In the City of St. Charles, a very different story has played out, and a very different outcome achieved:

The proposed resolution stated several reasons the city is denying annexation, including “significant opposition from its citizens,” a desire to “maintain positive intergovernmental relations” with the township, and its own concerns over potential environmental, financial, regulatory and transportation-related impacts of the project.

Wait…what? You mean you can actually deny annexation on these grounds–and because of the actual project that’s proposed there?

Well, of course you can. And it’s what we’ve been saying all along here in Big Stone County.

The question we’re left with now is this: who’s been pulling the wool over whose eyes? Has Strata so dazzled some local government officials with their suits and lawyers that our representatives have come to believe they no longer hold the power we citizens have invested in them?

Or are local government officials feeding us a hands-tied line we’ve known all along (and the St. Charles decision exemplifies) to be false?

Currently, the City of Ortonville, Strata Corp., Ortonville EDA, and the landowners (the proposed quarry site was split into narrow slivers with different owners–each touching the city boundary–to circumvent state law allowing annexation of only 120 acres per owner per year) are awaiting word from the state’s Municipal Boundaries Adjustment Unit on whether their eagerly-anticipated annexation will be approved.

Ortonville Township has, of course, offered detailed objections to the annexation, including questions about the baffling assertion by landowners that the site, which has been home to grazing cattle for decades and granite outcrops (for which our county is named) for millennia, has always been industrial in nature.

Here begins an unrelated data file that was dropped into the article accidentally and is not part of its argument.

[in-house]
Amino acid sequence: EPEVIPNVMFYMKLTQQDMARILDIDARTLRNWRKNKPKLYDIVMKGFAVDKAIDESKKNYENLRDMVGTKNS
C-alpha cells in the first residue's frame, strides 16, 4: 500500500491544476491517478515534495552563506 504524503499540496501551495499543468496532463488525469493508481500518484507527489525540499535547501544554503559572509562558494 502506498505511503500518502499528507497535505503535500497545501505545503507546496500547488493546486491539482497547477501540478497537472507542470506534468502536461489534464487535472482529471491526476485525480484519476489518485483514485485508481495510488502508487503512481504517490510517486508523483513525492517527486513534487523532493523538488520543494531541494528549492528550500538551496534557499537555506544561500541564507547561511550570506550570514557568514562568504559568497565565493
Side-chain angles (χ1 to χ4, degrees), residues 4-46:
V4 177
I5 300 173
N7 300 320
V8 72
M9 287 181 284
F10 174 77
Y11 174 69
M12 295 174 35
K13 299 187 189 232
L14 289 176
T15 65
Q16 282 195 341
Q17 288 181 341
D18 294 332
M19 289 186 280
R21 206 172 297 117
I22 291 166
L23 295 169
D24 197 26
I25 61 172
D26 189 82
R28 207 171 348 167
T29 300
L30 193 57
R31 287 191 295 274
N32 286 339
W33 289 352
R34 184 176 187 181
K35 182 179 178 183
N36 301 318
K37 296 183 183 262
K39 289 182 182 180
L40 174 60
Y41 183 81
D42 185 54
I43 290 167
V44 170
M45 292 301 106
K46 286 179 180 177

If the MBAU approves the city’s annexation (the decision is expected by the end of this week), we expect the new Strata CUP application to arrive at the Ortonville city office within days, and the public hearing shortly to follow.

And, thanks to St. Charles’ fine example, we are now all very clear on what major development decisions can, and ought to be based on. You can be sure that, should the quarry permitting process move forward, each city council member will receive their very own annotated copy of Kennedy’s article, along with some very pointed questions about the city’s process during the upcoming public hearing.

This Old Home

Winter is always a busy time for food and farm-related events. Everything that can be scheduled into the months when farmers are not full time in the fields clogs the calendar, and a gal finds herself remembering “slow” months in summer that don’t actually exist except in the fuzzy nostalgia of her mind.

Maybe the fair weather months just seem more relaxed because getting there and back from everything that needs doing and everyone that needs visiting is less of a crap shoot. There’s less watching the weather forecasts for potential hazards, possible cancellations, late arrivals, and early departures–but then there’s a different weather-watching for periods of sun and rain–each stirring its own sense of satisfaction or frustration depending on what work needs doing.

Winter’s work pace has ramped up even more for me and John lately as we get our respective houses up to snuff for putting on the market, as well as planning our projects on the farmstead we’ll be closing on at the end of the month.